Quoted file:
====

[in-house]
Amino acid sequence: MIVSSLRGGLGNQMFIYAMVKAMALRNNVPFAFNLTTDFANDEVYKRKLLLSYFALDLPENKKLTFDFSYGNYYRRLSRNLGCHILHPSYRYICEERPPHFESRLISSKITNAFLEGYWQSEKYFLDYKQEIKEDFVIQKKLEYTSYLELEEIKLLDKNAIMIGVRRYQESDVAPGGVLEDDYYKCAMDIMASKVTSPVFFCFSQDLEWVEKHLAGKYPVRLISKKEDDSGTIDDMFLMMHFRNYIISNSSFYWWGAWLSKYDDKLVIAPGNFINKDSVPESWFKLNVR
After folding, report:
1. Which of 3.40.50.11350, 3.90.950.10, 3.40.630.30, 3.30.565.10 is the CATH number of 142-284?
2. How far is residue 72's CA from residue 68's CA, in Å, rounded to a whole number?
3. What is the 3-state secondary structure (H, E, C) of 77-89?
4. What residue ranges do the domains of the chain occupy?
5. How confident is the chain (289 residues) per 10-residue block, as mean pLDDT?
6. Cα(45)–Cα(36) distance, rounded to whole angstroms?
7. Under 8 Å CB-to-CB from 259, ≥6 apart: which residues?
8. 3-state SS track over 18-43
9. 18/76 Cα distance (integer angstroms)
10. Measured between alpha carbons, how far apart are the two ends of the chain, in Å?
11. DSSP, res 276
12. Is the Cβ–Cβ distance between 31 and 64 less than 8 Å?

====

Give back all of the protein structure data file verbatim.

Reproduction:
[in-house]
Amino acid sequence: MIVSSLRGGLGNQMFIYAMVKAMALRNNVPFAFNLTTDFANDEVYKRKLLLSYFALDLPENKKLTFDFSYGNYYRRLSRNLGCHILHPSYRYICEERPPHFESRLISSKITNAFLEGYWQSEKYFLDYKQEIKEDFVIQKKLEYTSYLELEEIKLLDKNAIMIGVRRYQESDVAPGGVLEDDYYKCAMDIMASKVTSPVFFCFSQDLEWVEKHLAGKYPVRLISKKEDDSGTIDDMFLMMHFRNYIISNSSFYWWGAWLSKYDDKLVIAPGNFINKDSVPESWFKLNVR
After folding, report:
1. Which of 3.40.50.11350, 3.90.950.10, 3.40.630.30, 3.30.565.10 is the CATH number of 142-284?
2. How far is residue 72's CA from residue 68's CA, in Å, rounded to a whole number?
3. What is the 3-state secondary structure (H, E, C) of 77-89?
4. What residue ranges do the domains of the chain occupy?
5. How confident is the chain (289 residues) per 10-residue block, as mean pLDDT?
6. Cα(45)–Cα(36) distance, rounded to whole angstroms?
7. Under 8 Å CB-to-CB from 259, ≥6 apart: which residues?
8. 3-state SS track over 18-43
9. 18/76 Cα distance (integer angstroms)
10. Measured between alpha carbons, how far apart are the two ends of the chain, in Å?
11. DSSP, res 276
12. Is the Cβ–Cβ distance between 31 and 64 less than 8 Å?